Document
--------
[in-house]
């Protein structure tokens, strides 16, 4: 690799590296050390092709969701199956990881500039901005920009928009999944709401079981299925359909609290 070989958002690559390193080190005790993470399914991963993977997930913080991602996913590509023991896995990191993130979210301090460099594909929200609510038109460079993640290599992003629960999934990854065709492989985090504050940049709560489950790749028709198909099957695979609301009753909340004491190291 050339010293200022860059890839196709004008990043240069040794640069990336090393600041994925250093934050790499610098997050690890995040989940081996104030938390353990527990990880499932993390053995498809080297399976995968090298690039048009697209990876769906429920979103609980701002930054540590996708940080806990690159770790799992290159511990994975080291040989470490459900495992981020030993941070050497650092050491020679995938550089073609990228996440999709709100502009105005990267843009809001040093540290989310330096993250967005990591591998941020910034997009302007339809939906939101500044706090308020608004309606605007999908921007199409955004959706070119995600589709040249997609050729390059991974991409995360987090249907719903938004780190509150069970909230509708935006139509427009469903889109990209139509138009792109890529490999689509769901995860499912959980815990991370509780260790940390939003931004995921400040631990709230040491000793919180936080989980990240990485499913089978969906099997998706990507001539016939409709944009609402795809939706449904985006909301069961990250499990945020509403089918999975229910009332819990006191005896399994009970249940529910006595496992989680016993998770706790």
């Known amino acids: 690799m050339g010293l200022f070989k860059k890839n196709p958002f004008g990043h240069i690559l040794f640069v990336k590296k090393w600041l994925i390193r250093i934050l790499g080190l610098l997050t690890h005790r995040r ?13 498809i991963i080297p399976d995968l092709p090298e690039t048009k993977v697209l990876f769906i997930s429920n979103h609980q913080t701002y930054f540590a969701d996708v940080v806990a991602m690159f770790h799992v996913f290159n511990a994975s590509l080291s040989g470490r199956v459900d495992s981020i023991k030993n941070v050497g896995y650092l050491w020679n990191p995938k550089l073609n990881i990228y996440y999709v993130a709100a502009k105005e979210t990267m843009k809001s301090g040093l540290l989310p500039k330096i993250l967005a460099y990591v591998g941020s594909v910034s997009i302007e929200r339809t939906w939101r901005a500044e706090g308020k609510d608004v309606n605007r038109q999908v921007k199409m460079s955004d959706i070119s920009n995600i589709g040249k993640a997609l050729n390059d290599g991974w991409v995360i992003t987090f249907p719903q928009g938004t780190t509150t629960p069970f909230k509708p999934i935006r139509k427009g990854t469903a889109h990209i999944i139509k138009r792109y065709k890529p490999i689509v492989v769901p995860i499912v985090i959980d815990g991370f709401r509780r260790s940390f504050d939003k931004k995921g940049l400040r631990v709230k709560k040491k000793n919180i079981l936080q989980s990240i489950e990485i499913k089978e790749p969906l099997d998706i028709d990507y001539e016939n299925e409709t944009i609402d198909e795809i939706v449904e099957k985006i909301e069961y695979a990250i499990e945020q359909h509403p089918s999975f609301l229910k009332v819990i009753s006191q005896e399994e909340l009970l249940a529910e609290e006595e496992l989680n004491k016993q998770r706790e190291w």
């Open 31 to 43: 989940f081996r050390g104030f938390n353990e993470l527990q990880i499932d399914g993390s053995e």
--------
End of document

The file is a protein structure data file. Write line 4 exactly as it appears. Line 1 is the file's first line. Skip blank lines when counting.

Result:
């Open 31 to 43: 989940f081996r050390g104030f938390n353990e993470l527990q990880i499932d399914g993390s053995e």